In a group setting, it is a bit arrogant to say, by word or by deed (vote), My way or no way.
The “purists” are loath to compromise, but in the public arena they sometimes cause the good to fail because it wasn’t what they considered to be the best.
Individually, we should always beware of the good becoming an enemy of the best. But sometimes, especially in the public arena, stubbornly seeking the best can become an enemy of the good.
Monday, August 15, 2011
Sixty-six years ago today, on August 15, 1945, the long and bloody war with Japan finally came to an end. By a nationwide radio broadcast a little after noon (Japan Standard Time) on that day, Emperor Hirohito announced Japan’s acceptance of the terms of the Potsdam Declaration.
VJ Day and the end of World War II came when it did largely because of the U.S. dropping two atomic bombs: on Hiroshima on August 6 and on Nagasaki three days later.
Although there were actually more causalities from the firebombing of Tokyo on March 9-10, 1945, than from the bombing of Nagasaki, the instantaneous deaths and devastation caused by “Little Boy” and “Fat Man”, the two atomic bombs, is truly mind-boggling.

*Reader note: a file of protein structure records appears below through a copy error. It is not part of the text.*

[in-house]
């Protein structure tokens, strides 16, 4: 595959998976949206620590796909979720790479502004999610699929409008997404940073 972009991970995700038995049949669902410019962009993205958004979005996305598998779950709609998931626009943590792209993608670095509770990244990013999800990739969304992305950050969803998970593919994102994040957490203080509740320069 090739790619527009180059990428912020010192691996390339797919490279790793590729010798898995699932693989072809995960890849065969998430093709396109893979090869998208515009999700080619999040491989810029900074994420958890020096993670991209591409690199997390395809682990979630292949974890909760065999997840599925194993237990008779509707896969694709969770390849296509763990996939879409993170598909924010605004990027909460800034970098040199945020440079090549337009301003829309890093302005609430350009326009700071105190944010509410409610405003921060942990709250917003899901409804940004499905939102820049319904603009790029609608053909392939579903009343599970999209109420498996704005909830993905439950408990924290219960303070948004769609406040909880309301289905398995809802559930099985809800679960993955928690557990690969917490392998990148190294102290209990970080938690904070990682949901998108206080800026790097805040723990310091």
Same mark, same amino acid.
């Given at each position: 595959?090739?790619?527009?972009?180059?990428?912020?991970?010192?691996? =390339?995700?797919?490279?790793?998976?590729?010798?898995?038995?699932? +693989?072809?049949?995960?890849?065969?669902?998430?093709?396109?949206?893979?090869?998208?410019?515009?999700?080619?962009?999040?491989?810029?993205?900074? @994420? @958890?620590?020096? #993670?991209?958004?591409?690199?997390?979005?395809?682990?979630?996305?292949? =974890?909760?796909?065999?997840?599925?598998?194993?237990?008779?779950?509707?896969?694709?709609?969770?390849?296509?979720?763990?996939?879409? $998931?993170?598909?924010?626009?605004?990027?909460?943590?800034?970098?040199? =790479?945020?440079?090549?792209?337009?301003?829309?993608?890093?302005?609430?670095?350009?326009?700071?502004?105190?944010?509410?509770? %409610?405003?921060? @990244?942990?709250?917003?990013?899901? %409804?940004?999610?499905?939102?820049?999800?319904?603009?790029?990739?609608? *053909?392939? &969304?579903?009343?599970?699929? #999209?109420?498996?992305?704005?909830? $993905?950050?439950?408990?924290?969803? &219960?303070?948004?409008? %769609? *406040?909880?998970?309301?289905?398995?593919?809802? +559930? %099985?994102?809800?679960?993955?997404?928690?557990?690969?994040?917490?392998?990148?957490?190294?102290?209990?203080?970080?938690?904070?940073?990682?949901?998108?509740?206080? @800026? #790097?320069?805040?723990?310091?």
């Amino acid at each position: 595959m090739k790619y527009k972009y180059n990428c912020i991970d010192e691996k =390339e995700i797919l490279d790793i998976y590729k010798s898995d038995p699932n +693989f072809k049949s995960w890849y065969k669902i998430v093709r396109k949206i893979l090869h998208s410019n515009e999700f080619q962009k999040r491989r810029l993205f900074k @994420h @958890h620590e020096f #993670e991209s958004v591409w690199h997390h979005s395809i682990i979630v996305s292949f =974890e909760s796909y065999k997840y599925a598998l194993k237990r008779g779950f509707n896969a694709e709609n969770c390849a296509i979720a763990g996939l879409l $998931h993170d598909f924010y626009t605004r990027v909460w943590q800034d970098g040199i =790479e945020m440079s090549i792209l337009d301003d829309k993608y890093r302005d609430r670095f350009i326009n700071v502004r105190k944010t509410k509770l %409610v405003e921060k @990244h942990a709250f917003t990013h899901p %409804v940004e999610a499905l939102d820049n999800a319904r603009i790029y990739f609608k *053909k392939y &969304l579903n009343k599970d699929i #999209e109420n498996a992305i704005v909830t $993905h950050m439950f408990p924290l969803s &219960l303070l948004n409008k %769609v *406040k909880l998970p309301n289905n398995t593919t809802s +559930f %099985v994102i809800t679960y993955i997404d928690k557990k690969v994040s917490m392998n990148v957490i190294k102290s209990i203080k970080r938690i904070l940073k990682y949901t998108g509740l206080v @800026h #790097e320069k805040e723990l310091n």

Just this year I have learned about the balloon bombs made by the Japanese and sent by wind currents toward the United States, bombs strikingly different from atomic bombs.
You may have known about this before, but I was surprised to learn that in May 1945 a pregnant woman and five children on a church picnic were killed by one of the over 9,000 balloon bombs launched by Japan in 1944-45.
Elsye Mitchell (26) and the five Sunday School students (ages 11-14) from the church in Bly, Oregon, where Elsye’s husband, Archie, was the pastor were the only WWII causalities of U.S. citizens on American soil. (In 1941 when Pearl Harbor was attacked, Hawaii was not yet a part of the United States.)
Elsye and the children got out of the car in a park on Gearheart Mountain, while Archie drove on to find a parking spot. As they were looking for a good picnic spot, they saw a strange balloon lying on the ground. As the group approached the balloon, a bomb attached to it exploded and Elsye and all five children were killed.